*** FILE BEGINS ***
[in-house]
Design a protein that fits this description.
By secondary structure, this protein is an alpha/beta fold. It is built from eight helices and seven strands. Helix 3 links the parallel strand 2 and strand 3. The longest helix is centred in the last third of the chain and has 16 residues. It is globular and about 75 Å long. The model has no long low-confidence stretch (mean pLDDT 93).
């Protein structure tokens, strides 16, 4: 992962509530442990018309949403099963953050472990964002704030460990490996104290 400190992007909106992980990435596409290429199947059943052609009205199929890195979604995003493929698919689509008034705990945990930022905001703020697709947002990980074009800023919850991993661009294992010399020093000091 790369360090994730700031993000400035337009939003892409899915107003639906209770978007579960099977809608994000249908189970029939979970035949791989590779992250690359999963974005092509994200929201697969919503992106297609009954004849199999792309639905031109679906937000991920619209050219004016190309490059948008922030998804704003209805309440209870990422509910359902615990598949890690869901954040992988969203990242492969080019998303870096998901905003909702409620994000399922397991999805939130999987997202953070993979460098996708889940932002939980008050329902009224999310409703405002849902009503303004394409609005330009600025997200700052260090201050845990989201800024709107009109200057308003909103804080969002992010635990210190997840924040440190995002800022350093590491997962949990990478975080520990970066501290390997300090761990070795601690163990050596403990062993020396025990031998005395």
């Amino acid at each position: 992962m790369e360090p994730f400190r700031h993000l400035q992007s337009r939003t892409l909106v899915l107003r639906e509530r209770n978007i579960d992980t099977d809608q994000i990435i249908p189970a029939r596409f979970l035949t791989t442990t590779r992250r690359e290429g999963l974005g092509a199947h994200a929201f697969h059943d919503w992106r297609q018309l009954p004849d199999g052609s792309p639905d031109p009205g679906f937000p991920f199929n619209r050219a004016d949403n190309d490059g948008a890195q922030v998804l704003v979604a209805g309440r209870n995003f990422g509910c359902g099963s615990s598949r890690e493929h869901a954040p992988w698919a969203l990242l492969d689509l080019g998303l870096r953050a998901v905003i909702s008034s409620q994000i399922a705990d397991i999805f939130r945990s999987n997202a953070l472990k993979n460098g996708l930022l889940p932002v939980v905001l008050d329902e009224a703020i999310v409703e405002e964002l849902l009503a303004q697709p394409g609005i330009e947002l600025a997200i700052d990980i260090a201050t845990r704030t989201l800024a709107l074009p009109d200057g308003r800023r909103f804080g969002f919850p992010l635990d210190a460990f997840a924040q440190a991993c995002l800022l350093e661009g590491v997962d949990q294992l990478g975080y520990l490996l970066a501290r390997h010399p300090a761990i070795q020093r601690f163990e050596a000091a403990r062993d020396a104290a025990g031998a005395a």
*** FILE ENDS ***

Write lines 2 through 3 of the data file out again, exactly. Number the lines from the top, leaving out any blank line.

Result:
Design a protein that fits this description.
By secondary structure, this protein is an alpha/beta fold. It is built from eight helices and seven strands. Helix 3 links the parallel strand 2 and strand 3. The longest helix is centred in the last third of the chain and has 16 residues. It is globular and about 75 Å long. The model has no long low-confidence stretch (mean pLDDT 93).